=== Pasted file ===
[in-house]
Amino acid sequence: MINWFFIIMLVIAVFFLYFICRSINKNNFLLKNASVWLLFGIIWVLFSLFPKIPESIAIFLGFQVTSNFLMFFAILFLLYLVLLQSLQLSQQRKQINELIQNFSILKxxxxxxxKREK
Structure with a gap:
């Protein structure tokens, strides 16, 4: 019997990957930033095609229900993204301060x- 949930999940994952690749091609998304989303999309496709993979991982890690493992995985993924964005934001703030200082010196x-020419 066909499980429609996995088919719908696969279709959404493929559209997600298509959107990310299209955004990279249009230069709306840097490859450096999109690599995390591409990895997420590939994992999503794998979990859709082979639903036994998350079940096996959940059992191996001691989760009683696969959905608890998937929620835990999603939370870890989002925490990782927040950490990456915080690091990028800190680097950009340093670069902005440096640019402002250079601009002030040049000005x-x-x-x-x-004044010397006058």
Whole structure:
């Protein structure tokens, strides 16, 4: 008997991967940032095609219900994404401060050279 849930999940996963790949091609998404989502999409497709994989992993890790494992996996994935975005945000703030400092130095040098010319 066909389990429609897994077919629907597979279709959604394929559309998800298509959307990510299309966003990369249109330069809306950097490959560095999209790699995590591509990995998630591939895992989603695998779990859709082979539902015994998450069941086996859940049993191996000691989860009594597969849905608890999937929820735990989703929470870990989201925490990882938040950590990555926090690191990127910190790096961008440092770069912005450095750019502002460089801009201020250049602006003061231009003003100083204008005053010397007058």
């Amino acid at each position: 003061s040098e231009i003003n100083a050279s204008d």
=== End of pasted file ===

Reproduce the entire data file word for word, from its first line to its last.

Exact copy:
[in-house]
Amino acid sequence: MINWFFIIMLVIAVFFLYFICRSINKNNFLLKNASVWLLFGIIWVLFSLFPKIPESIAIFLGFQVTSNFLMFFAILFLLYLVLLQSLQLSQQRKQINELIQNFSILKxxxxxxxKREK
Structure with a gap:
């Protein structure tokens, strides 16, 4: 019997990957930033095609229900993204301060x- 949930999940994952690749091609998304989303999309496709993979991982890690493992995985993924964005934001703030200082010196x-020419 066909499980429609996995088919719908696969279709959404493929559209997600298509959107990310299209955004990279249009230069709306840097490859450096999109690599995390591409990895997420590939994992999503794998979990859709082979639903036994998350079940096996959940059992191996001691989760009683696969959905608890998937929620835990999603939370870890989002925490990782927040950490990456915080690091990028800190680097950009340093670069902005440096640019402002250079601009002030040049000005x-x-x-x-x-004044010397006058």
Whole structure:
């Protein structure tokens, strides 16, 4: 008997991967940032095609219900994404401060050279 849930999940996963790949091609998404989502999409497709994989992993890790494992996996994935975005945000703030400092130095040098010319 066909389990429609897994077919629907597979279709959604394929559309998800298509959307990510299309966003990369249109330069809306950097490959560095999209790699995590591509990995998630591939895992989603695998779990859709082979539902015994998450069941086996859940049993191996000691989860009594597969849905608890999937929820735990989703929470870990989201925490990882938040950590990555926090690191990127910190790096961008440092770069912005450095750019502002460089801009201020250049602006003061231009003003100083204008005053010397007058």
């Amino acid at each position: 003061s040098e231009i003003n100083a050279s204008d």